Dengue fever is carried by a day biting mosquito. This mosquito has very distinct stripes on its legs. There are 4 different types of Dengue, and once you have had one type you can’t get that type again. It is felt that the different types have different levels of severity. Some cases being milder then others. Though some cases are so bad that the patients feel like they are going to die (this is a very real feeling) and from time to time patients do. Usually they die from going into shock. The dengue fever affects the platelet count (this is what clots the blood). A normal platelet count is around 250. We start praying a bit more fervently when the platelet count drops to 60 and below that we add some anxiety in there also. Usually the patient gets a light rash on the extremities and trunk, pain behind the eyes, all joints hurt and ache, especially the feet. The treatment is to simply rest and drink 4 liters of fluid. Both are critical. Also we need to keep tabs on what the blood counts are doing and treat other symptoms that might arise. In the last two months we have had at least 5 or 6 cases just amongst our mission community, which is higher then normal. Everyone groans when they hear someone has dengue fever because it is tough and usually wipes the person out for a good week and a half. Often the complete recovery time can affect the patient for months if not years in terms of feeling “100%”.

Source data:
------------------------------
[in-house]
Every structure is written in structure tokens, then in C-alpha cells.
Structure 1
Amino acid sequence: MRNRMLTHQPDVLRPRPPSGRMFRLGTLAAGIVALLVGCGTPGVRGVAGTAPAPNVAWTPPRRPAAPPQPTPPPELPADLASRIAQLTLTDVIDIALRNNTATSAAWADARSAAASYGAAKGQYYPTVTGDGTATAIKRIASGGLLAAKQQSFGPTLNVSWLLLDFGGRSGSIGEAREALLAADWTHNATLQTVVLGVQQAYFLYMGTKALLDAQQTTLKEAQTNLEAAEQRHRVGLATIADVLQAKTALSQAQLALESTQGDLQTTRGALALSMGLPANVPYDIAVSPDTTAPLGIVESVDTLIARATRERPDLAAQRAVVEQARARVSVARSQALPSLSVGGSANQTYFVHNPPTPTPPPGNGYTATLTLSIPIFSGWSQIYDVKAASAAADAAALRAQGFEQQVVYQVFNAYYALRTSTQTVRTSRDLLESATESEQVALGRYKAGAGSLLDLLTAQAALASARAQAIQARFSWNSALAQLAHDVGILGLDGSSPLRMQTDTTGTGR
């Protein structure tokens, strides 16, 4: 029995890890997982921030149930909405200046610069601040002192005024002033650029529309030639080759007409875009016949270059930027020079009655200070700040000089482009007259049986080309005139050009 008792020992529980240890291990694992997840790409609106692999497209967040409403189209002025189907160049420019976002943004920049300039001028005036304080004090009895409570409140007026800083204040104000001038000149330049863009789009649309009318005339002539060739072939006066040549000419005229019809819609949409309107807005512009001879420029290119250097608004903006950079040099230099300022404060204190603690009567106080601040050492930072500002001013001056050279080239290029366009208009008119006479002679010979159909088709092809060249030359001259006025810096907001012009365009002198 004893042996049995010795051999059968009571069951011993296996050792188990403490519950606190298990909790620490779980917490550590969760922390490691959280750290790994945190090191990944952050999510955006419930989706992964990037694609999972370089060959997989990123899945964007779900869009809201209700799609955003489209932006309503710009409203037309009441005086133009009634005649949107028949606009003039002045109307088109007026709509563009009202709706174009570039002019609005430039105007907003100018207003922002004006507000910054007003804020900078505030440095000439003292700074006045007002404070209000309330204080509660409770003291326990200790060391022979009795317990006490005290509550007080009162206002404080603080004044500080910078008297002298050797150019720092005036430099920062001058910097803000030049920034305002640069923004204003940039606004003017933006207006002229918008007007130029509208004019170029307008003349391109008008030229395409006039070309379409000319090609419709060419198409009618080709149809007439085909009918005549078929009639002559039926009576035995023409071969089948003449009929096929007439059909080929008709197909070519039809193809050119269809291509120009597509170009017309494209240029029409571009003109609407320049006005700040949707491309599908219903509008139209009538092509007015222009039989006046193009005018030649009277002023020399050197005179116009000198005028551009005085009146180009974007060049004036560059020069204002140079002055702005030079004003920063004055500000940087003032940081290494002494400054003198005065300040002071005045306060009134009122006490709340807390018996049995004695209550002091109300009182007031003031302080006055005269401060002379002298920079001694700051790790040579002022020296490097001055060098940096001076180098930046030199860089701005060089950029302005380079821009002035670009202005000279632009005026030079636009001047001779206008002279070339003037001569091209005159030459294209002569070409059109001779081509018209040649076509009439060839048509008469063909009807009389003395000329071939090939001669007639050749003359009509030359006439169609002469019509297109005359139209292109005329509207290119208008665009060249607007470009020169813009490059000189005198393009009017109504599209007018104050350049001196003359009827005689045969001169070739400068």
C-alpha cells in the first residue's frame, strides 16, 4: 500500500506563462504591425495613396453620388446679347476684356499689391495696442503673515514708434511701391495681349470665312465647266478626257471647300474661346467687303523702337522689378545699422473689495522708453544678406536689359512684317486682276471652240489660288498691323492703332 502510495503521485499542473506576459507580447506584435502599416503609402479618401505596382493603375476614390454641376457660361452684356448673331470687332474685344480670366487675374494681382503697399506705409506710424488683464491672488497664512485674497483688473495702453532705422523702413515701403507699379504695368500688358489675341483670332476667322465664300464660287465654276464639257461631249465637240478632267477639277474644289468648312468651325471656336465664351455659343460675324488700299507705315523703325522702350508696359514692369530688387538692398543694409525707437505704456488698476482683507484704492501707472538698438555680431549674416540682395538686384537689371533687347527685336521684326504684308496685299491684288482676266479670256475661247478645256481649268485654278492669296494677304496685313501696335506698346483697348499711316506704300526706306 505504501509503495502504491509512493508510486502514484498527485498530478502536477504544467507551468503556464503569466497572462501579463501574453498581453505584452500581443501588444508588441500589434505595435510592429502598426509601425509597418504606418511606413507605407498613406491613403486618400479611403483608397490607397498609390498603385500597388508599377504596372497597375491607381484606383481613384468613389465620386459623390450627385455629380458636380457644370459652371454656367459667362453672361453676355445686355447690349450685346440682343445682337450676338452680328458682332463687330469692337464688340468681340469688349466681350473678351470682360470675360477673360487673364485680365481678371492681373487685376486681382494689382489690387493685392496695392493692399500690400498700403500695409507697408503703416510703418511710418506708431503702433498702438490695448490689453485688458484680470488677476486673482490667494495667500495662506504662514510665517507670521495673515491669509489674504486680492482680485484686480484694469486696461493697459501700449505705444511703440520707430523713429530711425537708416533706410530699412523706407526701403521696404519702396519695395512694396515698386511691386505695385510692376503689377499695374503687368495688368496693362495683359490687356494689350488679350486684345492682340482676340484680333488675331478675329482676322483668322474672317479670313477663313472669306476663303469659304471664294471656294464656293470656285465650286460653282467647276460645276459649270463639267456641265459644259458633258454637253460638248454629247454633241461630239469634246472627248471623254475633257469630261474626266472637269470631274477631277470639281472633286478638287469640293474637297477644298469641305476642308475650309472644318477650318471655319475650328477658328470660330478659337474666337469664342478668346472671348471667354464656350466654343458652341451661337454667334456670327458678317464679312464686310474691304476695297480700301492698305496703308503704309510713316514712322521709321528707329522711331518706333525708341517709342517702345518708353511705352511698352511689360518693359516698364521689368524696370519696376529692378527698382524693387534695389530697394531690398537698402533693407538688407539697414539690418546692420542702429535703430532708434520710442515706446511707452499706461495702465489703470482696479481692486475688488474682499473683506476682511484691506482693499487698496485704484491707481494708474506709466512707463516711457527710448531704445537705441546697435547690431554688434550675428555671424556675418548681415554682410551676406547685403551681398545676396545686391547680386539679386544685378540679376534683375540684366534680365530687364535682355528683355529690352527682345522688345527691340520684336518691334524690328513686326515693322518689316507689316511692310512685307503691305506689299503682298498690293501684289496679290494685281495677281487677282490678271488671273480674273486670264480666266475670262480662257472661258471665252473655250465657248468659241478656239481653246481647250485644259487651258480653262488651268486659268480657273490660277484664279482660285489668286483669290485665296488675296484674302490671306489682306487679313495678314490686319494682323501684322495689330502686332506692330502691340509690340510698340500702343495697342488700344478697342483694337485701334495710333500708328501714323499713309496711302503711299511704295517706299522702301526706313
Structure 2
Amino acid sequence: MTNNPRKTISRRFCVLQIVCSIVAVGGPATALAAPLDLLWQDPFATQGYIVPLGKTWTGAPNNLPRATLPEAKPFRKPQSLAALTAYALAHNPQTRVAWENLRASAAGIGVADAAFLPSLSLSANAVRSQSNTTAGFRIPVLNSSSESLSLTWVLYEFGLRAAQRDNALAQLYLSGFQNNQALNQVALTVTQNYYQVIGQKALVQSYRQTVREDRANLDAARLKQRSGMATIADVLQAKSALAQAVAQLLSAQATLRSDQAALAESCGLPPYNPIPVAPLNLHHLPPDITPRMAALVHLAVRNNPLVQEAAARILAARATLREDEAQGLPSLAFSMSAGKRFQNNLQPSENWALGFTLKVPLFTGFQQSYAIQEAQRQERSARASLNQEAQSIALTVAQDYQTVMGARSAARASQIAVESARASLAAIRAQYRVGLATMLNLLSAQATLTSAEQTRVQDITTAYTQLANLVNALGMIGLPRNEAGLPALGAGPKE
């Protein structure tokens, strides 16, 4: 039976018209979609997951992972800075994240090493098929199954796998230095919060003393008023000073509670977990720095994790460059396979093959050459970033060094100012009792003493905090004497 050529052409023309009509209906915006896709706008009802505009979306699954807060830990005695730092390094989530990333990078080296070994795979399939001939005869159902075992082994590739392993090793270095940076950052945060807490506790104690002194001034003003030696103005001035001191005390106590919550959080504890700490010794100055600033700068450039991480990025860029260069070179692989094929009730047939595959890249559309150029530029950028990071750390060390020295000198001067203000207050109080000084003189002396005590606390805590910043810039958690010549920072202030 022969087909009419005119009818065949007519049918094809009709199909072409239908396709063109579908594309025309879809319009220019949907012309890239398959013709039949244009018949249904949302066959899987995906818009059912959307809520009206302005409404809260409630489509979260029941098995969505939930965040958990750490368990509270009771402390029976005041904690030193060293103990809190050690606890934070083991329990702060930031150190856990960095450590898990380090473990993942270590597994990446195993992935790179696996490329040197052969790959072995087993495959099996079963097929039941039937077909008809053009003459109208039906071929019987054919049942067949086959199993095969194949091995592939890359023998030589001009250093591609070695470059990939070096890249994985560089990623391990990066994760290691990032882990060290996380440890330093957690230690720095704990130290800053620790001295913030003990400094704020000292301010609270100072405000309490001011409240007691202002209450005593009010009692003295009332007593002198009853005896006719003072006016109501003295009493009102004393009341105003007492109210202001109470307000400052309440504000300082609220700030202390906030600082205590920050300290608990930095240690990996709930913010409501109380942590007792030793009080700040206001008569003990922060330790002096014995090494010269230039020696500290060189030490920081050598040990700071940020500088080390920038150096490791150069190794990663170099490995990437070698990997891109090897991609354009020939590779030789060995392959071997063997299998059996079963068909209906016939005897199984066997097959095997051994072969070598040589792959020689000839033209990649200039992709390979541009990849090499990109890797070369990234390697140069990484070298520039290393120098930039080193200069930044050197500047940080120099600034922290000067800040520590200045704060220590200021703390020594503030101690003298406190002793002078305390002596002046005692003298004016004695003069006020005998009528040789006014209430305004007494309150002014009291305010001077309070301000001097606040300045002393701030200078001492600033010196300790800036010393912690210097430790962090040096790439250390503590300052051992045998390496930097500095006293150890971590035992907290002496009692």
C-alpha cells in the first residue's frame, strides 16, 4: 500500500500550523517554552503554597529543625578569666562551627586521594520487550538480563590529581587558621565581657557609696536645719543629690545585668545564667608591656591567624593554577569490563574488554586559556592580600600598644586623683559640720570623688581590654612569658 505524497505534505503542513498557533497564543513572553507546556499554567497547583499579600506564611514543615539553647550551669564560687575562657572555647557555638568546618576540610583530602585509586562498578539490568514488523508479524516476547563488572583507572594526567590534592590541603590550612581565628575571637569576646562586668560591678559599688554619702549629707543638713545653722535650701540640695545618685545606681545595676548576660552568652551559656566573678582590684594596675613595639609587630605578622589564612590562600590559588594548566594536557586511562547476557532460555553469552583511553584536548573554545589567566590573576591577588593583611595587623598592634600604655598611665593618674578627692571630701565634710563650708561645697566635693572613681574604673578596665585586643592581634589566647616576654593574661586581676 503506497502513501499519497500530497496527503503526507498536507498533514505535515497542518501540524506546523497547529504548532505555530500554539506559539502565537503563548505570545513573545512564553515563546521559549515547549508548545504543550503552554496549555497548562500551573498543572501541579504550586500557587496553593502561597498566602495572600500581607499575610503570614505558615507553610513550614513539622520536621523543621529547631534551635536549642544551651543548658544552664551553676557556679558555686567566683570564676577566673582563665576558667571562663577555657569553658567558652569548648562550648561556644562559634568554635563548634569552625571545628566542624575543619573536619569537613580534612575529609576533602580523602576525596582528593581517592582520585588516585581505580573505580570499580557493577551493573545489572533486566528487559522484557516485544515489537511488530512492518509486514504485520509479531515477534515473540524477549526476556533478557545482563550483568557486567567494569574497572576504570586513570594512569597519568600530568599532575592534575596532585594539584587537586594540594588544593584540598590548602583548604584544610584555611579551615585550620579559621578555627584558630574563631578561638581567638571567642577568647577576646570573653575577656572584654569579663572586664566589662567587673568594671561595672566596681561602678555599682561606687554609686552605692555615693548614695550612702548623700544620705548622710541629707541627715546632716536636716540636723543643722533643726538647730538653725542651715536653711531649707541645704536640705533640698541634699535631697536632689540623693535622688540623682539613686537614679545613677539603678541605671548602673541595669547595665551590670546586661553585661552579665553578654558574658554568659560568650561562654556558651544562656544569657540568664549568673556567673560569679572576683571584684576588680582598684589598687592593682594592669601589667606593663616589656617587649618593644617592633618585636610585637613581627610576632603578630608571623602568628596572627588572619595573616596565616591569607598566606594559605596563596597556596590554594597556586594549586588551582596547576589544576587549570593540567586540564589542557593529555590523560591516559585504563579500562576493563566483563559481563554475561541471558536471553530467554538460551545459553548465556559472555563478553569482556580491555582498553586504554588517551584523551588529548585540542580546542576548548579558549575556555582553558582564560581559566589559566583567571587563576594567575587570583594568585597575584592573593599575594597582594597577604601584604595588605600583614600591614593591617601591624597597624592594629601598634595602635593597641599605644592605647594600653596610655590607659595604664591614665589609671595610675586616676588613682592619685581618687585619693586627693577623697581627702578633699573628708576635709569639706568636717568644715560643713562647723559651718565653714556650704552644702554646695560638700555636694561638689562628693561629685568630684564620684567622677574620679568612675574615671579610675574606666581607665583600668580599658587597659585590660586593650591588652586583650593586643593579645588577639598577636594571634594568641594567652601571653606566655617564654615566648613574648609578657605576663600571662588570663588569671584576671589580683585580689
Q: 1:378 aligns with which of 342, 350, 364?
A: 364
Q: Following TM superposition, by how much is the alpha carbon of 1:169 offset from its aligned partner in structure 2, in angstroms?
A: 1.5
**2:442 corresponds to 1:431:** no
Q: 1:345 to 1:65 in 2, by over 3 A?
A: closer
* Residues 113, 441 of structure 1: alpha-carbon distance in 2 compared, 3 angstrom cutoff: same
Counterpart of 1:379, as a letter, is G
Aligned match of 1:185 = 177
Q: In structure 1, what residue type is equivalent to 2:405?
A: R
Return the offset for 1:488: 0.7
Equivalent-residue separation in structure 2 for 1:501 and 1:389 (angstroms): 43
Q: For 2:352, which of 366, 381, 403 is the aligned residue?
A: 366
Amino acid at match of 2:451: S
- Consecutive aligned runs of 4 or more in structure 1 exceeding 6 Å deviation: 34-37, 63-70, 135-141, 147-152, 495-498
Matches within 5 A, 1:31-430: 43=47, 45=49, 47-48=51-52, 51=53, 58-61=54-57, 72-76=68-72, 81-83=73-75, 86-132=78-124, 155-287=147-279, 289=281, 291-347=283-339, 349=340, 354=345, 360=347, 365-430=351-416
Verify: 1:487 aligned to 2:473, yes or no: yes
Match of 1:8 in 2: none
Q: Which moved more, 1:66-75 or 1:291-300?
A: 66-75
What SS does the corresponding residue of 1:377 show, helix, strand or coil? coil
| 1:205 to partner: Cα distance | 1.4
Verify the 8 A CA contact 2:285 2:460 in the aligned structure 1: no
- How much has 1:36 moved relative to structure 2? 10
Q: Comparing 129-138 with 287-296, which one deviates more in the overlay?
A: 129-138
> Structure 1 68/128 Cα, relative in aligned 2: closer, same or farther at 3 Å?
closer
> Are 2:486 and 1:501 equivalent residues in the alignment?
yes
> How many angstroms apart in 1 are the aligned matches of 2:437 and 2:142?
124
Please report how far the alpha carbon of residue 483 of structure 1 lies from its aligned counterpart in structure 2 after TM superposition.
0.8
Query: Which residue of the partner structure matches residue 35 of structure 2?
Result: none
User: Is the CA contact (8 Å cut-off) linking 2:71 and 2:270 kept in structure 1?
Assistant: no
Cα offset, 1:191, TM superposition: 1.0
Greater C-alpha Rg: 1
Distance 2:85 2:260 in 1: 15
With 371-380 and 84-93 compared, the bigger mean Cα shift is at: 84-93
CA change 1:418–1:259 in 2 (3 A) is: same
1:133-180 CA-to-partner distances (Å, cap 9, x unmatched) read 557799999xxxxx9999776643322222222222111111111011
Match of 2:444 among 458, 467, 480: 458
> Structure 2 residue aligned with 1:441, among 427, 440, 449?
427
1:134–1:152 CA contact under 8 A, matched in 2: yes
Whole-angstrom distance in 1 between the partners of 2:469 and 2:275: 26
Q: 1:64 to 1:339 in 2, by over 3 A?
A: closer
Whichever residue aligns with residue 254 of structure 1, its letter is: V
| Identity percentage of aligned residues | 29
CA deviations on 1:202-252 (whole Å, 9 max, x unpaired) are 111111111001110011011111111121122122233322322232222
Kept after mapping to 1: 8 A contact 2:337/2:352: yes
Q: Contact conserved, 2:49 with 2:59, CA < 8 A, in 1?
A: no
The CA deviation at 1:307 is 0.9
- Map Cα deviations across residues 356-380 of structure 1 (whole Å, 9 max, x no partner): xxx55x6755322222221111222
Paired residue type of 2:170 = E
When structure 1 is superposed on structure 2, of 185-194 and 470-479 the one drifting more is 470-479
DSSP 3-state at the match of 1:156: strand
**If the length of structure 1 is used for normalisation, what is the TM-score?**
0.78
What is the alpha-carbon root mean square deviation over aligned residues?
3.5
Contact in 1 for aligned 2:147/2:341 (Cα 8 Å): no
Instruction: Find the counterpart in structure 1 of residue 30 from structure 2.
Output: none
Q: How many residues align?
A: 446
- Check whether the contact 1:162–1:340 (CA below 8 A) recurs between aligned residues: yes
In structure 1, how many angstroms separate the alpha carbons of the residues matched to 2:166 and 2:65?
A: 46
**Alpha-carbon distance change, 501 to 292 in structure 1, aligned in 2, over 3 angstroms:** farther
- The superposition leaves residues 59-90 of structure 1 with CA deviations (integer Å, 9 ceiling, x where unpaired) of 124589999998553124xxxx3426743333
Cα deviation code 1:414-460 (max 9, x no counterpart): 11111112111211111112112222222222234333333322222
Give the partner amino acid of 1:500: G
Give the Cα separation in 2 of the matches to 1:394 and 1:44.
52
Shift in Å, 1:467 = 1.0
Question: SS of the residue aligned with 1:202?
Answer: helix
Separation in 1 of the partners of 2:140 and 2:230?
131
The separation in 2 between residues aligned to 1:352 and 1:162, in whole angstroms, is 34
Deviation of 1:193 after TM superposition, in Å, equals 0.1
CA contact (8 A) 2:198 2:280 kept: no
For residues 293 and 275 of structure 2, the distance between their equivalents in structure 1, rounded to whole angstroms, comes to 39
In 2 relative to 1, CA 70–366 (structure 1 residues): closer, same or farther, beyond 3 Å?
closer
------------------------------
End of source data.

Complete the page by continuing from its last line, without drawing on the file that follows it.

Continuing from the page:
Now that you are educated on Dengue Fever…..back to our patient. Of course the power went out right when she arrived (yes, this is the mission field). We worked on doing what we could with no power. Including sending an email to an expert doctor in Singapore on Dengue fever to ask about the mid-cycle bleeding. Also praying with the patient, because she verbalized that she felt like she was going to die and honestly, she looked like she was. Her blood pressure and pulse were stable, which encouraged us. After about an hour the power came on and we were able to run a blood count, showing that her platelets had dropped to 44. We also heard back, ever so quickly from the Singapore doctor, confirming the medicine we needed to give to stop the bleeding. Ben and I both attempted to put an IV in and failed. I drove to Michelle’s apartment and asked if she would come try put a line in? We scooped up her babies and headed out the door…..giggling at being missionary nurses. Michelle gets a line in. Life giving fluid drips. We now feel that the patient is “safe” to go home and rest. Her husband will change the IV bottles.